Chris Felton Dispute Resolution Partner explains how a Court battle over contract terms has left a company with a £110 million liability.
The High Court ruling was given in a case brought by sweet manufacturer Trebor Bassett Holdings against ADT, the fire and security company, and it’s prompted a reminder to business to check their supply procedures.
When a supplier provides a quote to provide goods or services on standard terms, and the purchaser accepts the price but counters to say it will be on their standard terms, the contract will normally be on the terms of the party that fires the last shot, although the courts will take into account relevant surrounding circumstances.
In this latest ruling, Trebor, the sweet manufacturers, were moving production lines to a new factory. They invited ADT to quote for the installation of a fire-prevention system, which was provided, subject to ADT’s terms and conditions. The quote was accepted using a purchase order which said that the contract was to be on Trebor’s standard terms, and that these had already been supplied.
When a fire broke out and destroyed Trebor’s new factory, they sued ADT and this is when the issue of whose terms would apply became crucial, as ADT’s terms would have limited liability to £14,000 whereas Trebor’s claim for damages was £110 million.
ADT claimed that they had supplied Trebor with a revised specification and quote that was drawn after work started, but the judge found that there was no evidence that the revised specification and quote had been delivered to Trebor. As a result, the work had been carried out on the basis of the Trebor purchase order. Although ADT had argued that Trebor’s standard terms had not been supplied to them, the Judge held that the fact that the purchase order stated that the terms had been supplied was enough to put ADT on enquiry as to what the terms were.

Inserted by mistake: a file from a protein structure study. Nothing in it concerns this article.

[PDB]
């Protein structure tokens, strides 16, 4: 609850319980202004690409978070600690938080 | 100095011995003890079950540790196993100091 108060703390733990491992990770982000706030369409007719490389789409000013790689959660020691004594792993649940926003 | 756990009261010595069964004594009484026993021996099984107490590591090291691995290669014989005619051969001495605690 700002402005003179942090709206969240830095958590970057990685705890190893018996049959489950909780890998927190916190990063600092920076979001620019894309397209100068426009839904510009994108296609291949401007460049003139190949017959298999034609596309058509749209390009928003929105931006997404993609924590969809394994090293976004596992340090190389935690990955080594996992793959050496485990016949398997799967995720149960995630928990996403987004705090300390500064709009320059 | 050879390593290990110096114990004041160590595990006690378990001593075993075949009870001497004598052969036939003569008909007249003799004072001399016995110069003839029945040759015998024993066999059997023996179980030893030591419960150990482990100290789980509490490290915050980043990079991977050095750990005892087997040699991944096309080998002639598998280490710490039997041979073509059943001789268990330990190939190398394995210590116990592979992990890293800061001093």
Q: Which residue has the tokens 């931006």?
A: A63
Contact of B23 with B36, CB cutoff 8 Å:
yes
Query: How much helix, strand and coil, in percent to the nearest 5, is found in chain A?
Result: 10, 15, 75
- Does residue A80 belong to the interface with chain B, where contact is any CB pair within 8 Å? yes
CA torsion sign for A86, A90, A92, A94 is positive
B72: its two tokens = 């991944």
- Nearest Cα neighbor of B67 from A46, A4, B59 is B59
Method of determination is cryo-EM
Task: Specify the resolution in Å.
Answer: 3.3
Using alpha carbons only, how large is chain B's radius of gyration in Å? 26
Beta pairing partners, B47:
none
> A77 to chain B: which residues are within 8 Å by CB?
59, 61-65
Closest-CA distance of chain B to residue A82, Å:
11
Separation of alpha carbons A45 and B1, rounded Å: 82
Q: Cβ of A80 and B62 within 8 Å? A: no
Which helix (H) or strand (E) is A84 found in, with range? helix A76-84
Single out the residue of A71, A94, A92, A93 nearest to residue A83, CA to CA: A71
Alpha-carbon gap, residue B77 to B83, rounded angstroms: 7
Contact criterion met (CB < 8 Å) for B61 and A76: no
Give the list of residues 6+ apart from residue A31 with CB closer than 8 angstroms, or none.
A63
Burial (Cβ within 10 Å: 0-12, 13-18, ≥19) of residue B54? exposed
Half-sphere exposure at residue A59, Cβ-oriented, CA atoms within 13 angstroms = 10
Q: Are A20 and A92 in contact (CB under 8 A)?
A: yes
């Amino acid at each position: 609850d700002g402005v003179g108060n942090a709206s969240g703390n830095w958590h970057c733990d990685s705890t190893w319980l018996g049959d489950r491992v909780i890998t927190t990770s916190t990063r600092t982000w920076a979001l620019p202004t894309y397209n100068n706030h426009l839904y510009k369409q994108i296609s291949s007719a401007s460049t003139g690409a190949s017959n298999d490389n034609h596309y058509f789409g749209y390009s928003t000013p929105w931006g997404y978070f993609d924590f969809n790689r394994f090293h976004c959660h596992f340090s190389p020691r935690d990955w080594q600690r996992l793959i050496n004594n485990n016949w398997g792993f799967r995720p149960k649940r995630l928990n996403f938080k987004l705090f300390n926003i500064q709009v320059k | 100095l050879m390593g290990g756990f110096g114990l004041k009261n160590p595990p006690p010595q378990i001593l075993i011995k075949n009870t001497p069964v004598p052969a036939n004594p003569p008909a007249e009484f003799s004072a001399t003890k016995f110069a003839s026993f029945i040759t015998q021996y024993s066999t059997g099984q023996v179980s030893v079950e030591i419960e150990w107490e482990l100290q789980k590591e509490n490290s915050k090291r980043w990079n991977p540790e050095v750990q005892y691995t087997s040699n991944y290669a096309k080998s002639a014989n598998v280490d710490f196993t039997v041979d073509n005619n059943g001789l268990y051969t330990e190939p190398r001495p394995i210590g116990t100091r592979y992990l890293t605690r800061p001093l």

As Chris Felton explains: “A contract is formed when one party makes an offer and the other party accepts that offer. If A offers to do a job for £500 on his standard terms and B accepts the figure of £500 but says the job is to be done on different terms, the law regards this as a counter-offer. If A goes ahead and does the work without further negotiation he will be treated as having accepted B’s counter-offer. This is why the basic rule is that, where there is a battle of forms, the terms of the party who fired the last shot will normally apply.
“Large companies often use purchase order forms when buying goods or services. These forms will usually state that the purchase is made on the buyer’s terms, as in this case, even though the supplier will usually have delivered a quotation saying that the goods or services are supplied on their terms. Small to medium-sized businesses need to be aware of this when quoting for large companies and must realise that specifying terms in their quotation is not conclusive.” Chris added: “The case is also a reminder to make sure that the terms of business are actually communicated to the other party, it’s not enough to just say they exist. Even though Trebor were lucky to get away with it here, the best advice must always be to provide a copy of one’s terms or, at the very least, to say exactly where they can be viewed, for example, on one’s website.”